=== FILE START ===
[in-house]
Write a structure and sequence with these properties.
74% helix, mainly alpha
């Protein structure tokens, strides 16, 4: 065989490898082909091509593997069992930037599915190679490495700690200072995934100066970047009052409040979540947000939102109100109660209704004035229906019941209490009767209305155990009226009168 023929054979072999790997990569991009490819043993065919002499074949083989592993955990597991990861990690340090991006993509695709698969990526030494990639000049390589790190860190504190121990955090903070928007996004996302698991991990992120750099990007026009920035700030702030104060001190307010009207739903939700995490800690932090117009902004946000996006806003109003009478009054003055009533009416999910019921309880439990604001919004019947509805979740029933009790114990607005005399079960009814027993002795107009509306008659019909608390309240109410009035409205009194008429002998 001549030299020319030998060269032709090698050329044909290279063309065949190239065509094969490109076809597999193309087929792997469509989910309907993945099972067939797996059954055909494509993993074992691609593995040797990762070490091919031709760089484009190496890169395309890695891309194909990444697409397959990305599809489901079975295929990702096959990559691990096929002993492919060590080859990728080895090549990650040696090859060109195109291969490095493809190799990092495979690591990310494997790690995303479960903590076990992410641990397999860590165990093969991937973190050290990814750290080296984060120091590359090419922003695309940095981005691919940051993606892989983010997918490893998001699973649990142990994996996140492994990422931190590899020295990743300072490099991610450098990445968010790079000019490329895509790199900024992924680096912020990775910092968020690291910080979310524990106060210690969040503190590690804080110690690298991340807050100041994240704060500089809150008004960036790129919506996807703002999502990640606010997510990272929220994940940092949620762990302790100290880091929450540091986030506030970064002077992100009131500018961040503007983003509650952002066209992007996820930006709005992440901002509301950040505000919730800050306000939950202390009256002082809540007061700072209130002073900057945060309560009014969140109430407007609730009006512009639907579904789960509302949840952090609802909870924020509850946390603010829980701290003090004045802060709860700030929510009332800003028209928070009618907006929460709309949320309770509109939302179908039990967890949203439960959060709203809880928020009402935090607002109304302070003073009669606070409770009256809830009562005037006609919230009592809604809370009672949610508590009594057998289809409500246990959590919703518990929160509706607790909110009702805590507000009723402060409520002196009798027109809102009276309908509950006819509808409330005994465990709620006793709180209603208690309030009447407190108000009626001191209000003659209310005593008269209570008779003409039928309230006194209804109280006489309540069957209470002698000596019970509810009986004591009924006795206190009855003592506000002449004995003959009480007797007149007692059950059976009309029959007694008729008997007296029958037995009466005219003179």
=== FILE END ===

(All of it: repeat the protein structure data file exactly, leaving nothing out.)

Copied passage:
[in-house]
Write a structure and sequence with these properties.
74% helix, mainly alpha
């Protein structure tokens, strides 16, 4: 065989490898082909091509593997069992930037599915190679490495700690200072995934100066970047009052409040979540947000939102109100109660209704004035229906019941209490009767209305155990009226009168 023929054979072999790997990569991009490819043993065919002499074949083989592993955990597991990861990690340090991006993509695709698969990526030494990639000049390589790190860190504190121990955090903070928007996004996302698991991990992120750099990007026009920035700030702030104060001190307010009207739903939700995490800690932090117009902004946000996006806003109003009478009054003055009533009416999910019921309880439990604001919004019947509805979740029933009790114990607005005399079960009814027993002795107009509306008659019909608390309240109410009035409205009194008429002998 001549030299020319030998060269032709090698050329044909290279063309065949190239065509094969490109076809597999193309087929792997469509989910309907993945099972067939797996059954055909494509993993074992691609593995040797990762070490091919031709760089484009190496890169395309890695891309194909990444697409397959990305599809489901079975295929990702096959990559691990096929002993492919060590080859990728080895090549990650040696090859060109195109291969490095493809190799990092495979690591990310494997790690995303479960903590076990992410641990397999860590165990093969991937973190050290990814750290080296984060120091590359090419922003695309940095981005691919940051993606892989983010997918490893998001699973649990142990994996996140492994990422931190590899020295990743300072490099991610450098990445968010790079000019490329895509790199900024992924680096912020990775910092968020690291910080979310524990106060210690969040503190590690804080110690690298991340807050100041994240704060500089809150008004960036790129919506996807703002999502990640606010997510990272929220994940940092949620762990302790100290880091929450540091986030506030970064002077992100009131500018961040503007983003509650952002066209992007996820930006709005992440901002509301950040505000919730800050306000939950202390009256002082809540007061700072209130002073900057945060309560009014969140109430407007609730009006512009639907579904789960509302949840952090609802909870924020509850946390603010829980701290003090004045802060709860700030929510009332800003028209928070009618907006929460709309949320309770509109939302179908039990967890949203439960959060709203809880928020009402935090607002109304302070003073009669606070409770009256809830009562005037006609919230009592809604809370009672949610508590009594057998289809409500246990959590919703518990929160509706607790909110009702805590507000009723402060409520002196009798027109809102009276309908509950006819509808409330005994465990709620006793709180209603208690309030009447407190108000009626001191209000003659209310005593008269209570008779003409039928309230006194209804109280006489309540069957209470002698000596019970509810009986004591009924006795206190009855003592506000002449004995003959009480007797007149007692059950059976009309029959007694008729008997007296029958037995009466005219003179």